President Obama Addresses Problem of Unaffordable Health Insurance Premium Increases; Unveils New “Patients’ Bill of Rights”

July 2010 Employee Benefits Practice Alert

Rising Insurance Premiums

On June 22, 2010, President Obama met with top executives from some of the nation’s largest health insurance providers and seven state insurance commissioners to address the sharply increasing medical insurance premiums, in an effort to halt such increases while the new health insurance reform law takes effect. After the meeting, the President promised relief from unaffordable premium increases and other insurance industry practices through new regulations and various federal and state initiatives.

Recent Studies on Rising Rates

The President’s primary concern is that insurance companies are using the new law as an excuse for unjustifiable increases – citing one California insurance company that raised premiums for 800,000 customers by as much as 39 percent. Studies have confirmed that many recent premium increases across the country are inconsistent with increases in costs, such as a Kaiser Family Foundation study finding premiums for recently purchased insurance for individuals increased by an average of 20 percent, and a Millman Inc. study, called the “Millman Medical Index,” showing medical costs from 2009 to 2010 increasing between 7 and 8 percent.

The President discussed how the federal government would address the problem. Kathleen Sebelius, the Secretary of Health and Human Services, followed by answering relevant questions in a webcast available at Both the President and the Secretary indicated that the federal government will stand behind state investigations of insurance company price gouging and require CEOs of insurance companies to publicly justify unreasonable premium increases on their company web sites and the law’s new web site—

The Affordable Care Act’s “Patients’ Bill of Rights”

The President also unveiled the Affordable Care Act’s “Patients’ Bill of Rights” – new regulations designed to protect consumers from discriminatory insurance practices; end lifetime limits on coverage and restrictive annual limits; ban unjustified coverage revocations; eliminate barriers to choosing primary care physicians; and prohibit insurance companies from requiring prior approval for emergency care. However, the “Patients’ Bill of Rights” regulations do not expressly establish any federal complaint mechanism or avenue for relief from unaffordable premium increases. The Secretary does not currently have the authority to deny unreasonable increases in insurance premiums under the new law. (A separate piece of legislation, introduced by Senate Democrats, seeks to give the Secretary such authority).

Despite the Secretary’s lack of power to directly curtail unaffordable premium increases, those affected may make complaints on the Secretary’s comment line at 202.205.5445. In addition, relief through other provisions of the health care reform law and state law may be available, depending on the circumstances of the increase. Some examples include:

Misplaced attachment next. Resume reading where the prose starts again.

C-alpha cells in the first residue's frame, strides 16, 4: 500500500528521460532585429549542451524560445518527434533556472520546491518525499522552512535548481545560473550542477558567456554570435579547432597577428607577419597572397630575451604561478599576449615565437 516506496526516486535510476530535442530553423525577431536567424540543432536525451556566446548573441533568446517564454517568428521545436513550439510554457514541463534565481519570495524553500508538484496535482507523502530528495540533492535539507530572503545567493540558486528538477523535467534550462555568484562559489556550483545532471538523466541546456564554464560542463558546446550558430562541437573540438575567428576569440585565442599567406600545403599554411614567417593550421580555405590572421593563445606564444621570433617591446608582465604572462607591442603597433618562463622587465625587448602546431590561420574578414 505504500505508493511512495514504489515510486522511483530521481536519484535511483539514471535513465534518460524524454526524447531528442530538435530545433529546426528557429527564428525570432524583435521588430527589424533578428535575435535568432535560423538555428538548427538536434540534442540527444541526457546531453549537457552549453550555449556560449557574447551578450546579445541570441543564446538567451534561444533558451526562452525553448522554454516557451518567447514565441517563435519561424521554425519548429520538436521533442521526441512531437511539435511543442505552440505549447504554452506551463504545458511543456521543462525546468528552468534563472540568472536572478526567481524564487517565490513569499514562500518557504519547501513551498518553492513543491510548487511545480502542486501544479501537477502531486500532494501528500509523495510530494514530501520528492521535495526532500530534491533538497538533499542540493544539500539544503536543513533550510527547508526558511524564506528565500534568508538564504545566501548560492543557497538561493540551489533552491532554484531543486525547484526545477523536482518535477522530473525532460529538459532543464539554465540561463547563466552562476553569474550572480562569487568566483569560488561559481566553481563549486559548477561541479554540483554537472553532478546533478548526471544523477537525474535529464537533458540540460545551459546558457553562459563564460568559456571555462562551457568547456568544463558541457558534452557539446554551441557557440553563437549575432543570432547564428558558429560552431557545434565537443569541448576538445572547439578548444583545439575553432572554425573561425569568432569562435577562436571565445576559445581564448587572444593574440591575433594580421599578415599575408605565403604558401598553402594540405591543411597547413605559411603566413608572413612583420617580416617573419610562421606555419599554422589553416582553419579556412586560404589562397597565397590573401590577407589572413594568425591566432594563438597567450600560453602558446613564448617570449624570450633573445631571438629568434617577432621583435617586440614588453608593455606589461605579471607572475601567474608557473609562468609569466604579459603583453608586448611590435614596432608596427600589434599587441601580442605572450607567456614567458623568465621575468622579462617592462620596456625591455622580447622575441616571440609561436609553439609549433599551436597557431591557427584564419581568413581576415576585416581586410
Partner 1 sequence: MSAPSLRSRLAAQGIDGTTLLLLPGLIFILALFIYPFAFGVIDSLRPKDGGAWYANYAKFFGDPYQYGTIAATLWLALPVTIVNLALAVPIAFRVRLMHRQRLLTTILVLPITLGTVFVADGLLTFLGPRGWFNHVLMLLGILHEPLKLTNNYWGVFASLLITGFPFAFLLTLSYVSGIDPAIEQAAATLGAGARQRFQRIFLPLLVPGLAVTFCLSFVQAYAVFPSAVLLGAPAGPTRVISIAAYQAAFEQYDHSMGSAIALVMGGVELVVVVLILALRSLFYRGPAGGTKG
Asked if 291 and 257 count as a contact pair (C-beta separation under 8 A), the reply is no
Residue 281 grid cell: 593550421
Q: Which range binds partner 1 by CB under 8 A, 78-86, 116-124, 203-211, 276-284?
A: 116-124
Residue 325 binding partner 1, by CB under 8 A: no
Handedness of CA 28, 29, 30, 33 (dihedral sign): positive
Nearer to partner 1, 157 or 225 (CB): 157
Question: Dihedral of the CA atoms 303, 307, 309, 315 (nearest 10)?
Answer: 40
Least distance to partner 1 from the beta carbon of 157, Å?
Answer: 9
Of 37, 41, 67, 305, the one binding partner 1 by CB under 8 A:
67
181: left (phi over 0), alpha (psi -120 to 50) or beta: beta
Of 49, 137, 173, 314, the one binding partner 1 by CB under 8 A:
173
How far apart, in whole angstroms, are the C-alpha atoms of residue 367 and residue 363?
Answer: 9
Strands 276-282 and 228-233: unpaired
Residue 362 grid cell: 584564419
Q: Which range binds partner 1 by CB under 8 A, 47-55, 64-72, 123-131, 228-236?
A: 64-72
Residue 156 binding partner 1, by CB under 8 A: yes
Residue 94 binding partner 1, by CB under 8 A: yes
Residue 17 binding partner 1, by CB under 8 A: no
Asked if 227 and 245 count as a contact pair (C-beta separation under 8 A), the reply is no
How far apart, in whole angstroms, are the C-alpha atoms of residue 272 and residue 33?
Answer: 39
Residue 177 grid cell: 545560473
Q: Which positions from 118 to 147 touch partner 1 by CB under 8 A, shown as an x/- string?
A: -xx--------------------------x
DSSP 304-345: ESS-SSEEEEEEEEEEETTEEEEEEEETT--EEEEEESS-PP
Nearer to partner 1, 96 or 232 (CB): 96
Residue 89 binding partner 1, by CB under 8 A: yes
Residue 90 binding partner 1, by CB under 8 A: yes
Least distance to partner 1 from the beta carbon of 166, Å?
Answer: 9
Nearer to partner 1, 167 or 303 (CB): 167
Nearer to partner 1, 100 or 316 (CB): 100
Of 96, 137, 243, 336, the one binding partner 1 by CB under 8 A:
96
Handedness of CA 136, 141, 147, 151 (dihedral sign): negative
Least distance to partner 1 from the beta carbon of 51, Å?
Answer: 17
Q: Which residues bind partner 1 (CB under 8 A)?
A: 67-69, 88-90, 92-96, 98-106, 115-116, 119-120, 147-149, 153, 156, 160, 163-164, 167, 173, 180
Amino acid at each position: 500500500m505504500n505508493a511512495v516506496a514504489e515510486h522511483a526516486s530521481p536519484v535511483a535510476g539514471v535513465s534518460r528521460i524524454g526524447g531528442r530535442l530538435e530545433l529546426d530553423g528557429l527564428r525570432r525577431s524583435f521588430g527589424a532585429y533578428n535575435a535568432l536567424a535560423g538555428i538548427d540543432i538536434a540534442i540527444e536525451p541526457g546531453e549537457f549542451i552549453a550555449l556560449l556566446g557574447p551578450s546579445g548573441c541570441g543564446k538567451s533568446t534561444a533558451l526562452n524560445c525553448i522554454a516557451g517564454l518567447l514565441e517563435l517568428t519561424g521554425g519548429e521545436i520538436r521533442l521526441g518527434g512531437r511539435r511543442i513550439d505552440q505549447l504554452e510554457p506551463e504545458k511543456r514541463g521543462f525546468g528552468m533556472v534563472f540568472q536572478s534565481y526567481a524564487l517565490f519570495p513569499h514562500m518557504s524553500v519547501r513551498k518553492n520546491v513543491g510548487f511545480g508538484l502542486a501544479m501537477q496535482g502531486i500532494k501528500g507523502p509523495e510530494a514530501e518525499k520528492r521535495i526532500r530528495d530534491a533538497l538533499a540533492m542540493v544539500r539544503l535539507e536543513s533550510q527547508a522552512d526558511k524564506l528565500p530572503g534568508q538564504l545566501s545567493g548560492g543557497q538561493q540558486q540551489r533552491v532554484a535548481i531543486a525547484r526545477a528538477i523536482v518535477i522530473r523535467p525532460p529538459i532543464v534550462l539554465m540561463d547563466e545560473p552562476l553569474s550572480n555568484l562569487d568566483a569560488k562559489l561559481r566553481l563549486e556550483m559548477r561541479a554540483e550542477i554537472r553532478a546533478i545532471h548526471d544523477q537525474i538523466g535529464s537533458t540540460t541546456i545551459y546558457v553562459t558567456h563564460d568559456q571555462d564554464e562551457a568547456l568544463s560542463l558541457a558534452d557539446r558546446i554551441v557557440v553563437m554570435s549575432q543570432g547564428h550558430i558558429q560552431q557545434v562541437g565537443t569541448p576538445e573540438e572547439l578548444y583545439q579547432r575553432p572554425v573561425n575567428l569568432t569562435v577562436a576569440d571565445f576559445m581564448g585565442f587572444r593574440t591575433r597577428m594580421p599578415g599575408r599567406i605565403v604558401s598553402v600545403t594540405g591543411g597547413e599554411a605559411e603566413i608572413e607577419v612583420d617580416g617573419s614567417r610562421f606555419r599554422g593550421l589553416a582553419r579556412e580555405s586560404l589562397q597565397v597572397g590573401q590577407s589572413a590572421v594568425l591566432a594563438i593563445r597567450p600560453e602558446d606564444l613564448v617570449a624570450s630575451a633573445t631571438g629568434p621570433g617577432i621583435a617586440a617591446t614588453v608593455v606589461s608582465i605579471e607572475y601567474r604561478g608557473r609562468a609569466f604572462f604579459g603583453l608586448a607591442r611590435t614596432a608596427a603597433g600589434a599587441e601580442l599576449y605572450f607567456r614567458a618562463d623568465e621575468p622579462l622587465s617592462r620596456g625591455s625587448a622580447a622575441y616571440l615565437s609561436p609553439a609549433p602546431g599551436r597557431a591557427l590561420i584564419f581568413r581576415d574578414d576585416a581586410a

• The 80/85 Percent “Care” Requirement - Provisions of the health care reform law will require, beginning in January 2011, that individual insurers spend at least 80 - 85 percent, of premium dollars on direct medical care and efforts to improve the quality of care. Insurers falling short will be required to provide rebates to consumers for the amount less than the designated percentage.
  • Anti-Dumping” Provisions - The new law prevents insurers from effectively transferring participants to the newly established high-risk insurance pool program for persons with pre-existing conditions. Insurers that unreasonably raise premiums for participants with high risks in order to discourage them from staying insured, thus forcing such a transfer, may violate these provisions.
  • Relief Under State Law - New York’s “Governor’s Program Bill No. 278” – This measure, signed into law last month, grants the New York State Insurance Department authority to pre-approve all premium increases taking effect on or after October 1, 2010.

California, Pennsylvania, Maine and Massachusetts are also conducting investigations into insurance premium price gouging and other insurer practices. To assist these states with their investigations and to implement the new law, the President created an agency under the Department of Health and Human Services – the Office of Consumer Information and Insurance Oversight. Information about relief for individuals with pre-existing conditions is available at both and state insurance department web sites.

The attorneys at Fox Rothschild are available to assist individuals, employers, providers and carriers in all aspects of the new health care reform law.

For more information, please contact Harvey M. Katz at 212.809.7976 or [email protected] or any member of the Fox Rothschild Employee Benefits & Compensation Planning Practice Group.